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Product: Holiday Competition
Advertiser: Classic Hits
Medium: Internet (Company Website)
ASAI Code 7th Edition: 2.4(c), 3.2, 3.3, 4.1, 4.4, 4.9 4.10
A competition which appeared on the advertisers’ website to win flights to Tel Aviv, invited entrants to
Begin your exciting journey to Israel …Fly [XXX] to Israel for as little as €319, from May 2020.
And included the following statement under a montage including a picture of the Armenian Walls in the Old City (Jerusalem)
Enjoy a sunset on Tel Aviv beach, tour the historic city of Jerusalem or float in the dead sea.
The complainant considered the image of the Old City (of Jerusalem), specifically the Walls of the Armenian Quarter, when taken alongside the text "Fly [XXX] to Israel for as little as €319, from May 2020. Enjoy a sunset on Tel Aviv beach, tour the historic city of Jerusalem or float in the dead sea." was clearly intended to convey that Jerusalem's Old City was part of Israel, and not an “occupied and illegally colonised area”. He said that this was universally recognised as such in International Law, and by the UN Security Council, by the UN General Assembly, by the European Union, by the Irish Government, and by all major human rights organisations.
The advertisers said that the complainant had referred to an article published on the Classic Hits website that had highlighted a prize that was available via an on-air competition on the station's breakfast show during the week of the 18th to 22nd November 2019.
The on-air promotion referred to in the article offered the prize of return flights from Dublin to Tel Aviv (Ben Gurion Airport) with El Al Airlines. El Al Airlines had provided two nights hotel accommodation in Tel Aviv as part of the prize.
The article and website in general had been aimed at a general Irish audience (adults in the 35-54 year old category), and in particular at listeners to the Classic Hits service.
The article, by way of providing information on that week's breakfast show competition, had highlighted a number of activities that a prize winner could potentially engage in whilst on their trip to the region. Activities/Attractions in the general area included The Red Sea (4 hr drive approx), The Dead Sea (2.5hr drive approx) and Jerusalem (48min drive approx). Appropriate pictures had been used to support this.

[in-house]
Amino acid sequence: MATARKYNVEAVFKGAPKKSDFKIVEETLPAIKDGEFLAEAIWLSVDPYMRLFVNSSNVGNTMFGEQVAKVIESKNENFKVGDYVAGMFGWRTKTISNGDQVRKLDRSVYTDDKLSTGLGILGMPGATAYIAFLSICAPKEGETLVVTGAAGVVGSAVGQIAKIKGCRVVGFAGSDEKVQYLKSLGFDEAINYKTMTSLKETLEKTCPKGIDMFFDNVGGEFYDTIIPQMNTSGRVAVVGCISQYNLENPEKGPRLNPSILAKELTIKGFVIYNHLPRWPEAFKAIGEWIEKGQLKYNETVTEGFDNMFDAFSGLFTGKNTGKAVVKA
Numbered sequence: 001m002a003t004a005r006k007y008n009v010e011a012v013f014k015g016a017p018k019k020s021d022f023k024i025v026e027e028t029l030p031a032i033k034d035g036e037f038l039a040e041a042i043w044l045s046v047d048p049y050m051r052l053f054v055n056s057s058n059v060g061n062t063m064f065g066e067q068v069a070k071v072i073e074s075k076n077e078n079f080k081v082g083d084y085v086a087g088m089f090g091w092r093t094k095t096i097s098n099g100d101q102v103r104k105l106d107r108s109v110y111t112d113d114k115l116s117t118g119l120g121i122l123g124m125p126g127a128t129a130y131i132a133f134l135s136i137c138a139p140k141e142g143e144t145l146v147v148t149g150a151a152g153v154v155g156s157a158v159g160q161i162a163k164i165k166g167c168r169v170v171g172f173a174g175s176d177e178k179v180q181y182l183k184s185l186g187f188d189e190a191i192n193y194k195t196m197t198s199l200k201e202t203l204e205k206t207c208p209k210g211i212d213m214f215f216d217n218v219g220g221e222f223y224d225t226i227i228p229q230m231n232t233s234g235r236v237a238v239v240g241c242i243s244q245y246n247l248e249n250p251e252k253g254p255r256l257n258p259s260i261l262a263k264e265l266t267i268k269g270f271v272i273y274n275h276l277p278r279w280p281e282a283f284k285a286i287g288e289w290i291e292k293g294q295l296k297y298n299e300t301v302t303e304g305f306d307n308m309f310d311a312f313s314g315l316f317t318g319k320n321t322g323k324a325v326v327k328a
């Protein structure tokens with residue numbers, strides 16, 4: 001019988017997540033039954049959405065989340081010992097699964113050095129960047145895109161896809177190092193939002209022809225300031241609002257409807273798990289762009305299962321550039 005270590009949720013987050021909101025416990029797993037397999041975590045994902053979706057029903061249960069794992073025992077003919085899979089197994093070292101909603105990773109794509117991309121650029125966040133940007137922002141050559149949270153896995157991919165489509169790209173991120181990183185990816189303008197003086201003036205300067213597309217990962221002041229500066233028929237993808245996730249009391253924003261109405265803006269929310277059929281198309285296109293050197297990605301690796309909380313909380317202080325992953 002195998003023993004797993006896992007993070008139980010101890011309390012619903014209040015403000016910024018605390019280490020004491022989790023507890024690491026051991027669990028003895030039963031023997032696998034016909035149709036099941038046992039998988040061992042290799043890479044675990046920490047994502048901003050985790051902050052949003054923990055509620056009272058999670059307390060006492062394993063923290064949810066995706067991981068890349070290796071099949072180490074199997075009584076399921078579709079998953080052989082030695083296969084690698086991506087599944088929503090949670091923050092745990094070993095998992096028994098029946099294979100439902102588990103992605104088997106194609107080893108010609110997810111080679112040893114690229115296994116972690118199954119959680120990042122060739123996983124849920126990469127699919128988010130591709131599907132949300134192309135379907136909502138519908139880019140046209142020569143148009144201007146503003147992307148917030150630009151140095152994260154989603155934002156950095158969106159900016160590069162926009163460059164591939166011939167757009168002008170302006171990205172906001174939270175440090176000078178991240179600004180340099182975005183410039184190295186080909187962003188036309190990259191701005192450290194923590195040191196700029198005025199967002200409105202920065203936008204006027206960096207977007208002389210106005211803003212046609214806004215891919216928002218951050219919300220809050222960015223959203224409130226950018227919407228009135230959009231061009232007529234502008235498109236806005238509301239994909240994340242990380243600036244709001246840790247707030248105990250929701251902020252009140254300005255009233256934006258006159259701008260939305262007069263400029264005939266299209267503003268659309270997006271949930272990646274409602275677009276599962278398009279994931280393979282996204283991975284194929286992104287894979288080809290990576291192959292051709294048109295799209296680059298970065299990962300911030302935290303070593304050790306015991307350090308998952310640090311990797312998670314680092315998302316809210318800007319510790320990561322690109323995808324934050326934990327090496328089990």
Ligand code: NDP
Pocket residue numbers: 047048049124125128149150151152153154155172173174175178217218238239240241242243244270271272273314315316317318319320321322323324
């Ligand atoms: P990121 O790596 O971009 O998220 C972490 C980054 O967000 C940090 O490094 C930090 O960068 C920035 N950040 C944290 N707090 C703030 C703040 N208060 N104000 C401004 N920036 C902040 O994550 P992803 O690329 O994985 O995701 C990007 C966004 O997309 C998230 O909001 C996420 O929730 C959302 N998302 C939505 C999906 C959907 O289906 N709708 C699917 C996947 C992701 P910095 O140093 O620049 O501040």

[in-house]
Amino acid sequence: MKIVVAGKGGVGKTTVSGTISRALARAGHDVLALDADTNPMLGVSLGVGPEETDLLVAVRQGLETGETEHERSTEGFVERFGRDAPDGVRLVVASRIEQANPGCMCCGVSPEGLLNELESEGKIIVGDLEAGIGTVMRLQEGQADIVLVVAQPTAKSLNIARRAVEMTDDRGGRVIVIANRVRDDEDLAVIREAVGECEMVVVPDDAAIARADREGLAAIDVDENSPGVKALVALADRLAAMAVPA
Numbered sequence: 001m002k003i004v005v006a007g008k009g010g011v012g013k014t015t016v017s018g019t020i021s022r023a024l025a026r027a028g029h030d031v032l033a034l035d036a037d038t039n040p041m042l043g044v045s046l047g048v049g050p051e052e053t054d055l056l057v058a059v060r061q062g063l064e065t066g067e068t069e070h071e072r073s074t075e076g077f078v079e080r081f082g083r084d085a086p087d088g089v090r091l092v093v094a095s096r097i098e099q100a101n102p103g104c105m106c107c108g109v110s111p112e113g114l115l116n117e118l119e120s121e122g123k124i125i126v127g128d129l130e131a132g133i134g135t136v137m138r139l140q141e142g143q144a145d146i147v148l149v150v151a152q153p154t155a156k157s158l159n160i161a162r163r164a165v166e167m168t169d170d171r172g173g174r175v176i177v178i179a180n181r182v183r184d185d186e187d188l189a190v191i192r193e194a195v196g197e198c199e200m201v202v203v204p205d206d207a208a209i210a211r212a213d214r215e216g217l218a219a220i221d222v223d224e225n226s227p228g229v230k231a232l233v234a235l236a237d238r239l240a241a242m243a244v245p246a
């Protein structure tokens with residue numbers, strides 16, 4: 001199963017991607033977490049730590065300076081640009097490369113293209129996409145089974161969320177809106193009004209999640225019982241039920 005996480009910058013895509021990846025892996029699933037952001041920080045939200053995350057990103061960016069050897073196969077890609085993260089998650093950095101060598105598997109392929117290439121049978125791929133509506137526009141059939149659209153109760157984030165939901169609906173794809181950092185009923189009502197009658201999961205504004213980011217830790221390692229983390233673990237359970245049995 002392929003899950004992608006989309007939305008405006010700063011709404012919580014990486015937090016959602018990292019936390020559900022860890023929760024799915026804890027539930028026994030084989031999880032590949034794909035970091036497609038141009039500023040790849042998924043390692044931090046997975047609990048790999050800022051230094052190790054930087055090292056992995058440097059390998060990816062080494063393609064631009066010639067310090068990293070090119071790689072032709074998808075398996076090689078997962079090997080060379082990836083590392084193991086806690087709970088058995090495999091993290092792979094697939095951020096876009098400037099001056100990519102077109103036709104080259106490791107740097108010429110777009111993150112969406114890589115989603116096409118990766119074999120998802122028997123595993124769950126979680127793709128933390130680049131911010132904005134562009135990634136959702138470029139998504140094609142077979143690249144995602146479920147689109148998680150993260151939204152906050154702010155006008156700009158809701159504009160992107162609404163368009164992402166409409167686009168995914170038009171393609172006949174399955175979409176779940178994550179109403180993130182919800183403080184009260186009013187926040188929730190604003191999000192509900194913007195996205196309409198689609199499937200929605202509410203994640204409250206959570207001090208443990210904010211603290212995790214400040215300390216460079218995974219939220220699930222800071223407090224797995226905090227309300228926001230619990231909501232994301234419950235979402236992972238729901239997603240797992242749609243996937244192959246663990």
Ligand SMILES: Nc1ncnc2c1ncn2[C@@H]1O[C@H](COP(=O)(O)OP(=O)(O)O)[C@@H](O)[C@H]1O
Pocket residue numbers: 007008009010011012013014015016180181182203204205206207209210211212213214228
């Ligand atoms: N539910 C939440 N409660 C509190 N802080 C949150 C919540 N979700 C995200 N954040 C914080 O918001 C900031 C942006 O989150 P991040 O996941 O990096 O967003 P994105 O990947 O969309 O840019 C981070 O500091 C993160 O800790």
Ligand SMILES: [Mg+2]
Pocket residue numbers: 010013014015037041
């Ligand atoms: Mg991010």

In relation to the issues raised by the complainant, the advertisers said that the article had made no reference to the nationality of the activities/attractions featured. They disputed that the use of the image in the article had been clearly intended to convey that the Old City was part of any particular country other than being a tourist attraction in the region. It had never been intended to imply that any area mentioned was in a particular (political) jurisdiction. They said the on-going dispute in relation to Jerusalem, which had been well documented over a number of decades had not been highlighted in the article and they considered that it would be unreasonable to expect these issues to be covered in such an article.
In conclusion, the advertisers said that Irish travellers seeking holiday options in the region outlined in their advertising would find a similar approach taken by many travel company operated websites. They said that these travel sites and articles did not deal with the geopolitical issues of the destinations highlighted. They said their article had been honest and truthful in relation to the breakfast show, the prize on offer and the details of the prize.
The Complaints Committee considered the detail of the complaint and the advertisers’ response.
The Committee acknowledged that it had not been the advertisers’ intention to imply that any area mentioned in their advertising was in a particular (political) jurisdiction. The advertisement had included the statement “Begin your exciting journey to Israel …” and featured a number of destinations, including Jerusalem and its Old City Walls. It had not stated that the destinations were all in Israel. However, given the invitation to “journey to Israel”, without clarification, the implication was that the featured destinations were all in Israel. As the Old City was not recognised by the international community as forming part of Israel, the Committee considered that the reference to “begin your exciting journey to Israel” was likely to mislead and was in breach of Sections 4.1 and 4.4 of the Code.
As the competition was closed, no further action was required in this case. The Committee, however, reminded all advertisers of the importance of clarity when referencing destinations.